Go Before They Disappear
Grinnell Glacier, Glacier National Park (1938 and 2009)
A side-by-side comparison of Grinnell Glacier in Montana's Glacier National Park. The black-and-white photo on the left dates from 1938, while the color photo on the right was taken in 2009. (T.J. Hileman and Lindsey Bengtson, USGS)
The only time I got close to a glacier I was hiking on a trail in the Tongass National Forest outside of Juneau, Alaska. I was at least a quarter-mile from the Mendenhall Glacier, but the mammoth, deep-blue crevasses seemed close enough to touch. One wrong step and hikers on the icefield would be sent plummeting into a crevasse hundreds-of-feet deep. From my safe distance on solid ground, the menacing awe of the Mendenhall Glacier's field of ice was overwhelming.
Glaciers are one of nature's most awe-inspiring spectacles. Constantly evolving rivers of slow-moving ice, glaciers have existed for many millennia.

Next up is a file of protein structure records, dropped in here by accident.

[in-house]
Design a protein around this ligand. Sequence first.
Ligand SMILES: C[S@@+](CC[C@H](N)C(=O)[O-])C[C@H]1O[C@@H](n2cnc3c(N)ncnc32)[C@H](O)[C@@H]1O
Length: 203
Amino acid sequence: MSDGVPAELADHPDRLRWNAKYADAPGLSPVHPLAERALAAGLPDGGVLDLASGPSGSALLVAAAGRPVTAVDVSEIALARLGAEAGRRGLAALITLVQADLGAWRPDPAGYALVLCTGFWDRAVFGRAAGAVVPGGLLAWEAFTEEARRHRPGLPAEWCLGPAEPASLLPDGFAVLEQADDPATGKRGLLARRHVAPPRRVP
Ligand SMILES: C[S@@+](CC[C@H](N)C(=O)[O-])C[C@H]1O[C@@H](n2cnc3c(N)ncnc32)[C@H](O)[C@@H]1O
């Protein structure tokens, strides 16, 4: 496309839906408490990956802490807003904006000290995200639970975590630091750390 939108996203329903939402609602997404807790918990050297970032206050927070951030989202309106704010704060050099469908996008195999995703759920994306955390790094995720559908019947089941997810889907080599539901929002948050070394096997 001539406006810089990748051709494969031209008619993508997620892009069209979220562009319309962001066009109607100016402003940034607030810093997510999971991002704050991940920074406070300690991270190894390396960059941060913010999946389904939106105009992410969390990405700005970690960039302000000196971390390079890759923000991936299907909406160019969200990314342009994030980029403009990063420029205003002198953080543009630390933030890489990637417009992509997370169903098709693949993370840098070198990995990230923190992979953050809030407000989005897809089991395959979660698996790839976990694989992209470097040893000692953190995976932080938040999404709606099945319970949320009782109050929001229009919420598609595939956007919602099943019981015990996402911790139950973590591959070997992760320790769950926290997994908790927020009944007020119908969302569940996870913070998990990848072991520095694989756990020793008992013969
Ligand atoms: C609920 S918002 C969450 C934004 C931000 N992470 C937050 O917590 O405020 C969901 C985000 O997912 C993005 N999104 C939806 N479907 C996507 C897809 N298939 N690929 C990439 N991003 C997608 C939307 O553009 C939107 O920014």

During the Ice Age, huge swaths of North America were covered by icefields and glaciers. The end of the Ice Age brought massive changes to our continent. Ice sheets melted, revealing mountain peaks and valleys. After the big melt brought on by the end of the Ice Age, large glaciers remained.
Hundreds of glaciers still exist in the U.S. Some you can hike on during guided tours. Some you can get very near and hike around. Others are best enjoyed from a distance.
Most U.S. glaciers are located in Alaska and the mountain West. Don't put off visiting America's glaciers, because they are melting at a startling speed. Researchers with the U.S. Geological Survey are closely monitoring the disappearing glaciers of Montana's Glacier National Park and say they could be gone in a decade if the current melting pace continues.
In the next few pages, we'll give you a guide to some of the best places to enjoy glaciers in the U.S. (NEXT>Alaska)